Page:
There’s more to emergency preparedness than having an emergency food stockpile. Many everyday items, such as toilet paper, blankets and candles, will be just as important as food and water when SHTF.
Here are 10 non-food items to include in your emergency stockpile: (h/t to FoodStorageMoms.com)
Toilet paper is a versatile item. Aside from its hygiene-related uses, you can use a toilet paper roll to make pots, fire starters and emergency survival heaters. Toilet paper is also dirt cheap and is usually sold in packs.
Grab a few extra packs whenever they’re on sale and you’ll have a toilet paper stockpile in no time. Don’t worry about replacing your stock periodically. Unopened toilet paper will last for years, if not decades.
Reusable towels are just as convenient as toilet paper. For instance, you can “wash” yourself with a wet towel if you have no running water. You can also use them to wipe tools and gear clean after washing. In a pinch, towels can also be used as diapers for babies and young children.
In case of power outages at night or during the cold months, thick blankets will help keep you warm and toasty. In a survival situation, blankets can also help you retain body heat better so that your body temperature doesn’t get dangerously low. Store a couple of extra blankets for each member of your household.
Stock up on different sizes of batteries. You’ll be needing them for flashlights, electric lanterns, two-way radios, cordless appliances and other devices, especially during emergencies. Buy them when they’re on sale and make sure to buy from reputable brands to make sure you’re getting your money’s worth.
You can never have too many bandages, gauze pads and disposable wipes in an SHTF scenario. The best part is these products can last for several years. Take note that products with adhesives, such as bandaids and medical tape, can deteriorate over time. Check the packaging for the expiration date and replace them accordingly. (Related: Safety first: Tips for stocking your First Aid kit before SHTF.)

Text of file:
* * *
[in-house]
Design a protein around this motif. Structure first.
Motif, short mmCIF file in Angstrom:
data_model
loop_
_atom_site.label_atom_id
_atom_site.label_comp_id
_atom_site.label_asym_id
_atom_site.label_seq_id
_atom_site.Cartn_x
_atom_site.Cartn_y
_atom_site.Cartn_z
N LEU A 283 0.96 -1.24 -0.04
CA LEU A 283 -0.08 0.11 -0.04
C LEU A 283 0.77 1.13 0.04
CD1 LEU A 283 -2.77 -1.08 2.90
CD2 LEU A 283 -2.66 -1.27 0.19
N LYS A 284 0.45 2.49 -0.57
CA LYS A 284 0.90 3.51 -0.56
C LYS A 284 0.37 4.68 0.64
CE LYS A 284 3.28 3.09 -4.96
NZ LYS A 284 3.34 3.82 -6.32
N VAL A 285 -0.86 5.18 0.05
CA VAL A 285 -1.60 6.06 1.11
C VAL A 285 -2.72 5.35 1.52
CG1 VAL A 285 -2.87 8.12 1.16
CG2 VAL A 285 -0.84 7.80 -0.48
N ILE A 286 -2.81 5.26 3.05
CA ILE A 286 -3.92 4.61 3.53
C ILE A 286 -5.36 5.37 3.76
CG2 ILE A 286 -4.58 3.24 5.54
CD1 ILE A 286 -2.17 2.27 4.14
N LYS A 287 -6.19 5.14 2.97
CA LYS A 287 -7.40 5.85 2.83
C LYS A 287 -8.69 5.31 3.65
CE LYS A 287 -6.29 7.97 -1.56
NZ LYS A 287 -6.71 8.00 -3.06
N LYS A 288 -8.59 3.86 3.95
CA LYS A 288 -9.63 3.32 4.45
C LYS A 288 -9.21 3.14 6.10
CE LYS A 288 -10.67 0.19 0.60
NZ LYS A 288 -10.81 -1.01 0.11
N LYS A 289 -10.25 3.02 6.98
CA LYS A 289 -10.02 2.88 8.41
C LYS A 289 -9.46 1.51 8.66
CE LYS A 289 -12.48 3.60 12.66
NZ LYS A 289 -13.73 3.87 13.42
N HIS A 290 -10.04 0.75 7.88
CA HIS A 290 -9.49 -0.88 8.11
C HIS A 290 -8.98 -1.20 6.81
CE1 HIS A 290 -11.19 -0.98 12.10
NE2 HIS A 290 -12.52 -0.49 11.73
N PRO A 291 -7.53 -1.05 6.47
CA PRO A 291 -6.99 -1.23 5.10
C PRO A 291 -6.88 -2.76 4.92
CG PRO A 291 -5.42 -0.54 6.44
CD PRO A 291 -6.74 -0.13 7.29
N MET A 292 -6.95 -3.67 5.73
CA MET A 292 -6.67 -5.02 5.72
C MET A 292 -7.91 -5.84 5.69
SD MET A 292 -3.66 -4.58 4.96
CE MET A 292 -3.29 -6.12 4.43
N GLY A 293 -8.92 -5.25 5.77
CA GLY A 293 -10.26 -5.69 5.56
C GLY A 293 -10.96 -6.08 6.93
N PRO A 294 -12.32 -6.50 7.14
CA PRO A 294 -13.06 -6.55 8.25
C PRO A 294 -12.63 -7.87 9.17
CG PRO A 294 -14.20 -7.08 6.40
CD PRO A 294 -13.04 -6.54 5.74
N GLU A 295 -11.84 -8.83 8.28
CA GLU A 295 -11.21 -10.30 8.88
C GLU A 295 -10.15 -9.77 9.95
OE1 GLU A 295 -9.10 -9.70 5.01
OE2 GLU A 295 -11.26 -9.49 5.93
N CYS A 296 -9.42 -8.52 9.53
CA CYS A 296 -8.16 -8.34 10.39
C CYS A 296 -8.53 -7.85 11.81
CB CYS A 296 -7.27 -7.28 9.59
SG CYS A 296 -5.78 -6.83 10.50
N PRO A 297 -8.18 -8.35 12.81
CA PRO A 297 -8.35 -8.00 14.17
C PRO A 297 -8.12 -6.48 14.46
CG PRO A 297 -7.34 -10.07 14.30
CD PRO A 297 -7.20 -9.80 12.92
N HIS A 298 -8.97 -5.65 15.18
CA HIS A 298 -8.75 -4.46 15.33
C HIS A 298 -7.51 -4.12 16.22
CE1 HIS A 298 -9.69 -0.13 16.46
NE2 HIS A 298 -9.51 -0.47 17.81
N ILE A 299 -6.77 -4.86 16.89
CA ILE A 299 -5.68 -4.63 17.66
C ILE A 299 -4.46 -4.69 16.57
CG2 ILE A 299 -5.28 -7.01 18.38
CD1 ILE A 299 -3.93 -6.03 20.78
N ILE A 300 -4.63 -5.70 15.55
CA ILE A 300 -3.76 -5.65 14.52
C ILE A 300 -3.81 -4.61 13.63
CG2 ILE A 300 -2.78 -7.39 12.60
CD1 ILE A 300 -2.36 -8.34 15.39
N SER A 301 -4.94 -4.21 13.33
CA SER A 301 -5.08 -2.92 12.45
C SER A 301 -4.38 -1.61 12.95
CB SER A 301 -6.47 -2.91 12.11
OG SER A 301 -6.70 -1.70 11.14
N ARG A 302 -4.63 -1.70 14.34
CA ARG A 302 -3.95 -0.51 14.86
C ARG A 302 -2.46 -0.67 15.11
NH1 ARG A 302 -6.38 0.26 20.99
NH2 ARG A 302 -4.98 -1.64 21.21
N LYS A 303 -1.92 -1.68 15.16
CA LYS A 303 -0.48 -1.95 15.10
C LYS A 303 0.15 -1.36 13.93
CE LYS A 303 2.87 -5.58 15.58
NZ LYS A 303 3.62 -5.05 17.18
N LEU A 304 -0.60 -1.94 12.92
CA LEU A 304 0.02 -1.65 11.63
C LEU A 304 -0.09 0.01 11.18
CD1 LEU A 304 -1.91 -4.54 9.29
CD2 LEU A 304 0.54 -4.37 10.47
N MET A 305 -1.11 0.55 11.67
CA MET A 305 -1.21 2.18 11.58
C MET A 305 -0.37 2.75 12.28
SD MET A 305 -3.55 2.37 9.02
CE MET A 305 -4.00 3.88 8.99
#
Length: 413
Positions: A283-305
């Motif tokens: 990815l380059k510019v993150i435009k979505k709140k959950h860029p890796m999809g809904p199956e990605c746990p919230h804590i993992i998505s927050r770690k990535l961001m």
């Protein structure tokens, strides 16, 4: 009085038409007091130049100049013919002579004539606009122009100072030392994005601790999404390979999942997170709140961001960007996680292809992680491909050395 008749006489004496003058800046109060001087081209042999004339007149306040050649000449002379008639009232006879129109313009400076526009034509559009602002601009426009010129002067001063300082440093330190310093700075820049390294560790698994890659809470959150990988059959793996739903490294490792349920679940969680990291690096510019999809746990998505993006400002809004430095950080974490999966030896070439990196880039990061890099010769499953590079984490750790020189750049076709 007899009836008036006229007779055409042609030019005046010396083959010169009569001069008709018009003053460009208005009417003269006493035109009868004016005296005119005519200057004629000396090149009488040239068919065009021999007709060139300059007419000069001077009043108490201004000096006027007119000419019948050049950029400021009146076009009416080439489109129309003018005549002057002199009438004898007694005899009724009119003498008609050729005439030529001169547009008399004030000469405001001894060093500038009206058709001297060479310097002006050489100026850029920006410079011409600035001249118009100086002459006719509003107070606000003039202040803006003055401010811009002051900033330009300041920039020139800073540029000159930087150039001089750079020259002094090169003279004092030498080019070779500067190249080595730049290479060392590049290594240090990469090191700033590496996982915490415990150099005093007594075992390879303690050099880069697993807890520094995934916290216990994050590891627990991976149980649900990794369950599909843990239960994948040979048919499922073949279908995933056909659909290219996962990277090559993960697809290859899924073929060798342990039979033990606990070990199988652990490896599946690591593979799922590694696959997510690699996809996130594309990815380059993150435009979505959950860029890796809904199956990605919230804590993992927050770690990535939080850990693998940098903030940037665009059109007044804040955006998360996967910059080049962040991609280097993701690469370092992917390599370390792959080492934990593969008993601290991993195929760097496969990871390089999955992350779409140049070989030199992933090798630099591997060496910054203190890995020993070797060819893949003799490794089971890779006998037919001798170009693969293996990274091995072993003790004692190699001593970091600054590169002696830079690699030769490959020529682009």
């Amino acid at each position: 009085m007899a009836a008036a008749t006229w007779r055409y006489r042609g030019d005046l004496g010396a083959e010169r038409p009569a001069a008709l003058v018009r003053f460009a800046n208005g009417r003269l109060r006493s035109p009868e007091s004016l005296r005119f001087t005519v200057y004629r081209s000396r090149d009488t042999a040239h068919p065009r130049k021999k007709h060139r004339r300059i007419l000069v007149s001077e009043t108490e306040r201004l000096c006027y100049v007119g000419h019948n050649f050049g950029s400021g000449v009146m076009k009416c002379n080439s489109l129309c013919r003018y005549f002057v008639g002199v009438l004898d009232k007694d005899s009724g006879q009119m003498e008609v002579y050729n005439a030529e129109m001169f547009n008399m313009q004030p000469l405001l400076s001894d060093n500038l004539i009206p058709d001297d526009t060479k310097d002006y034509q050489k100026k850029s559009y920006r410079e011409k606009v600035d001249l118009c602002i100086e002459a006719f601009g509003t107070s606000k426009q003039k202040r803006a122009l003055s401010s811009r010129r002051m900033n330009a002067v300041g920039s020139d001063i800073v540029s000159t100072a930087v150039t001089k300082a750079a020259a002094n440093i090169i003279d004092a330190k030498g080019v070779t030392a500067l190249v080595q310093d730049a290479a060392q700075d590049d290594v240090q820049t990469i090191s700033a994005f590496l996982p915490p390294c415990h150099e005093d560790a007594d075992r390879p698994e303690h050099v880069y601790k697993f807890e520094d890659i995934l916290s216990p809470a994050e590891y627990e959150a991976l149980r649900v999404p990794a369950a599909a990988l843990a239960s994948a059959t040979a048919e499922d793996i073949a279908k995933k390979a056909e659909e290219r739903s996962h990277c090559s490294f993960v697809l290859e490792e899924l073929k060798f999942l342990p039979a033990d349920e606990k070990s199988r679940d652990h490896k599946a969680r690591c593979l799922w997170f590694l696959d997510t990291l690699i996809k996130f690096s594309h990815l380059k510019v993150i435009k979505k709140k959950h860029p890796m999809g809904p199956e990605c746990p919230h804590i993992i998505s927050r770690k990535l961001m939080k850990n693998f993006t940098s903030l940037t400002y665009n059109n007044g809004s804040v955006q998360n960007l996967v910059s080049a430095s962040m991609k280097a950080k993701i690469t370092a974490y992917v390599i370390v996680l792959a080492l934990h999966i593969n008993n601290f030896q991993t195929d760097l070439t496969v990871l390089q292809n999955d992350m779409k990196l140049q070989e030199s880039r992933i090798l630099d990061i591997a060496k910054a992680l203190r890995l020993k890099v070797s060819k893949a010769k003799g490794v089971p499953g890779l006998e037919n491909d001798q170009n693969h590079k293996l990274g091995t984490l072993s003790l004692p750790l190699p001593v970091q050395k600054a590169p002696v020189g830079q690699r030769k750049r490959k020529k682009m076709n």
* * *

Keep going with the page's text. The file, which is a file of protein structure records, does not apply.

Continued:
Candles come in handy during power outages. When buying candles, choose the big, thick ones. Those will stay lit for longer periods than other candles. Plus, thick candles aren’t as easy to knock over as slimmer candles.
If you have women in your household, make sure to stock up on feminine hygiene products. Having a supply of things like tampons and menstrual pads makes it easier for them to stay clean if they get their period amid an emergency or SHTF scenario. You can put the products in a big plastic container with a lid for easy storage.
There are several everyday household items that double as natural remedies. They’re extremely cheap and easy to obtain. And unlike conventional medicines, many of them can last for years on the shelf. These include:
Stock up on flashlights of different sizes. Small ones are great for repairs and first-aid. Bigger ones are great for finding your way in the dark. You might also want to stock up on electric lanterns. You can use those to keep the rooms in your home well-lit during power outages without having to use up all of your stored candles.
You never know what to expect in emergencies, so it doesn’t hurt to stock up on emergency gear like rain boots, rain jackets, thick gloves and hard hats. Make sure each member of your household has a set for themselves.
Store enough of the listed items above to last you and your household for several months to a year. Remember: you don’t have to bulk-buy things in one go. You can gradually build your stockpile by buying an extra product or two during each grocery run. You can also stretch your budget by buying only when things are on sale.
Check on your stockpile regularly and replace any expired or damaged items.
Follow Preparedness.news for more tips on how to build a stockpile before SHTF.